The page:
The face is usually darker. The eyes, a bit watery. It is almost as if the edges of the face are slightly blurred. Great care is evident in physical movements—a deliberation that is not fully normal. I can make out backache in a colleague, friend, co-traveller, whoever, because I am a fellow sufferer. Lower back ache is a scourge of modern-day living that is affecting an increasing number of people. The desperation to find a cure, to just stop the pain, has resulted in a proliferation of solution givers—reflexology, physiotherapy, massage, some German technique, aromatherapy, ayurvedic massage, meditation—to name just a few.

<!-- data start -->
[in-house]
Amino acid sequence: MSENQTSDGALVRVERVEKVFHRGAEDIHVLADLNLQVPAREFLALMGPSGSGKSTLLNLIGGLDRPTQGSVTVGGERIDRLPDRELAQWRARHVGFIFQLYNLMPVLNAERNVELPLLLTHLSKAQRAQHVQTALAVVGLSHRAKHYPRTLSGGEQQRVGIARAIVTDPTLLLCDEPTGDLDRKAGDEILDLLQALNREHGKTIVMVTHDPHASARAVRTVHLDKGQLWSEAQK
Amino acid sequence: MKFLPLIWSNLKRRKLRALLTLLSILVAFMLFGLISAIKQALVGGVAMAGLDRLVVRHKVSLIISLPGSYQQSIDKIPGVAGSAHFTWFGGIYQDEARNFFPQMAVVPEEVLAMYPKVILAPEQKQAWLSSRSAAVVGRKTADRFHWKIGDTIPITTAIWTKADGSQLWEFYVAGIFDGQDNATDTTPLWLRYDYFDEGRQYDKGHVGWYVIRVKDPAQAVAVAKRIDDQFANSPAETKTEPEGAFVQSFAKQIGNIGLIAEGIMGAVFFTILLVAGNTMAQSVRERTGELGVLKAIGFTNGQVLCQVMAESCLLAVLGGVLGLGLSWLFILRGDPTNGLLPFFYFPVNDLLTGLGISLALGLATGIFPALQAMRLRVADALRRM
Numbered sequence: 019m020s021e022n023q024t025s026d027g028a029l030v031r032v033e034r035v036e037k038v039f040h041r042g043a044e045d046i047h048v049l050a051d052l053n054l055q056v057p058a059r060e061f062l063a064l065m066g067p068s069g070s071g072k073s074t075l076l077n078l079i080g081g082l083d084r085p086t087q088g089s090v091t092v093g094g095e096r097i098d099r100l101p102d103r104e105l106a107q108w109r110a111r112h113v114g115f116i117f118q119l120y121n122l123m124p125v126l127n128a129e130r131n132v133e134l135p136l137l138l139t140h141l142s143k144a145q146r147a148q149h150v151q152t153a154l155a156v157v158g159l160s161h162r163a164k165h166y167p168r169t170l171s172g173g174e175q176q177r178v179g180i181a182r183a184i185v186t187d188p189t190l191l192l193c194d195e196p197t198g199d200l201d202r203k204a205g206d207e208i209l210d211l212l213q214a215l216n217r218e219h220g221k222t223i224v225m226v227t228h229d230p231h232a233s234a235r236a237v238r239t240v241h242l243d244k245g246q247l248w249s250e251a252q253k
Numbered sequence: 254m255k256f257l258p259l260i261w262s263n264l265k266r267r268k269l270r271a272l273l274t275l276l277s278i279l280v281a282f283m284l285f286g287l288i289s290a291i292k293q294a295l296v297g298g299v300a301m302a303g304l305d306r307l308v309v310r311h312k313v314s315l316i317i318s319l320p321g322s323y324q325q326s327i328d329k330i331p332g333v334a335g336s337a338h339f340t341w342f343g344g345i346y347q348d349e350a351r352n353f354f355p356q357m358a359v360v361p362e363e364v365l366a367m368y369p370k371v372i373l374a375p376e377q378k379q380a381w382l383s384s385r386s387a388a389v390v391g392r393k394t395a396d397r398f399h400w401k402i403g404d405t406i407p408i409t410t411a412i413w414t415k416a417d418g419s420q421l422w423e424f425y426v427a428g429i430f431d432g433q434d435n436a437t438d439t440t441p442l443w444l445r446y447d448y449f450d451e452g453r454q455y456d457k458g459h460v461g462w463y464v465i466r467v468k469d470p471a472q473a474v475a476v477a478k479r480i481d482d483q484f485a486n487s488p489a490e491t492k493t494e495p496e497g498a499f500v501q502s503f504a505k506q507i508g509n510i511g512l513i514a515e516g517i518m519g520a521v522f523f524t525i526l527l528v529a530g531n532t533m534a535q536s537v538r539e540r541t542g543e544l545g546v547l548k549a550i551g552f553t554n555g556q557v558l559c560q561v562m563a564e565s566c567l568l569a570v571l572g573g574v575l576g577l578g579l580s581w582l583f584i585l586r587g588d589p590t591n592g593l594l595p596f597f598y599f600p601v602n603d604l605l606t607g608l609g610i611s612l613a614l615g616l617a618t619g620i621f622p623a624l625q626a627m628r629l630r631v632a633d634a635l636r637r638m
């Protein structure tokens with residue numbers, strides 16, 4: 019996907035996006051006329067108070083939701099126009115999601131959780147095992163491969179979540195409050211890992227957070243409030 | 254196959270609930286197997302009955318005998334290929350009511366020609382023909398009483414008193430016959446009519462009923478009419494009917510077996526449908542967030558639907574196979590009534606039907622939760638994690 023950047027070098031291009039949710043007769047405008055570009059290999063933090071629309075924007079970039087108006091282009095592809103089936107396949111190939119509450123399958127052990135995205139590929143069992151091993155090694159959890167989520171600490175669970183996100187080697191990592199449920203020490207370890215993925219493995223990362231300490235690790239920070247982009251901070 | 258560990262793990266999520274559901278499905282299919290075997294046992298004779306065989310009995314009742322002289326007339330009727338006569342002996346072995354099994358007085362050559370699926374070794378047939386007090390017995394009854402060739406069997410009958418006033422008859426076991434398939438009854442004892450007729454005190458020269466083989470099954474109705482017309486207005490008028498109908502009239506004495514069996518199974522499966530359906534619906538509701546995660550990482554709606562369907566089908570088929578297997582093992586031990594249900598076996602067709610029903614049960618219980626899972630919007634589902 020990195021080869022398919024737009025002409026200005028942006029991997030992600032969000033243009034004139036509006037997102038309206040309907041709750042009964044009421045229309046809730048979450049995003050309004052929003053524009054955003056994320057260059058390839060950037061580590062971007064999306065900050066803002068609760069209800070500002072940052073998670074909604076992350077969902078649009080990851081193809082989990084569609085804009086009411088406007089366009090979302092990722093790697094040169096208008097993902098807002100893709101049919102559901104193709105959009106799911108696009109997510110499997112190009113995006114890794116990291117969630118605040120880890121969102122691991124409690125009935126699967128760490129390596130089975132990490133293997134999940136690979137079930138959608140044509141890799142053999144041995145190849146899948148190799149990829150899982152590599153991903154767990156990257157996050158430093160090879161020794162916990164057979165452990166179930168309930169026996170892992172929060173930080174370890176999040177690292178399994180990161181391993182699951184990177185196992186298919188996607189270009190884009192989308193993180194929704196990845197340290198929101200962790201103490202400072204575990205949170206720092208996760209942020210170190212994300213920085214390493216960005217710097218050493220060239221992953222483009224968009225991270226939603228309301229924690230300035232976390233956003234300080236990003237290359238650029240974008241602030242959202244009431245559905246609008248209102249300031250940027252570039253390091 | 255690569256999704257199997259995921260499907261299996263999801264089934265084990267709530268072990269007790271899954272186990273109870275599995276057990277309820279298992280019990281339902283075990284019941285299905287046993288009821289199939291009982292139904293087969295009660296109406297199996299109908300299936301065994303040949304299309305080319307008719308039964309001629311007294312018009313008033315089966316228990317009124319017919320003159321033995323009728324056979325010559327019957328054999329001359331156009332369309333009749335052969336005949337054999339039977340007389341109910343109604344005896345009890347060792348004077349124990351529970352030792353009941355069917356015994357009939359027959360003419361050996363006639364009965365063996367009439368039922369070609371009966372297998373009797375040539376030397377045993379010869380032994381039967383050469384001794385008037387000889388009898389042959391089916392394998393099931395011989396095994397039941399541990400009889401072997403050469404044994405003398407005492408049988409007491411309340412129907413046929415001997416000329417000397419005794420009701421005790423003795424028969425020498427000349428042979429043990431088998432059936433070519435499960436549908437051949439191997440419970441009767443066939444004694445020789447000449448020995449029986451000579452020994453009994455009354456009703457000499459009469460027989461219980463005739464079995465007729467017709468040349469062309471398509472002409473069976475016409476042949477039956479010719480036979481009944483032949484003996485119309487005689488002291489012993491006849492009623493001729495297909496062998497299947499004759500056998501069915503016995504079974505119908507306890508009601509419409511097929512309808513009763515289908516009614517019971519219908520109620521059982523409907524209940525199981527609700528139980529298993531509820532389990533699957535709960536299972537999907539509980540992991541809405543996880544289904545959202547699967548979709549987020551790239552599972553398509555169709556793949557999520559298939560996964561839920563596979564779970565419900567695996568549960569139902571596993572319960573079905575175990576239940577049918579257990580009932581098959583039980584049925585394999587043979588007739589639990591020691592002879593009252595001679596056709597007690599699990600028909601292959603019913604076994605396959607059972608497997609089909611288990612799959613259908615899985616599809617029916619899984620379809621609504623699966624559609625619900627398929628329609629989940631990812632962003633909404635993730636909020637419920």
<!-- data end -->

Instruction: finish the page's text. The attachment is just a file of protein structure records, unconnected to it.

On World Yoga Day, I want to weigh in and tell you what is finally working for me. Fifteen years of a weak lower back with a young person’s disdain for rest or care came home to hurt hellishly five years ago—the back packed up. The final trigger was an overenthusiastic gym instructor at the local DDA facility. For the next three years, I went from orthopaedic to orthopaedic, from one physio intervention to another. Kati pasti (the wonderful Ayurvedic massage), reflexology, hot compress, cold compress, meditation, thinking good thoughts about the back and the world (I kid you not—somebody told me to do that), I’ve been there, done that.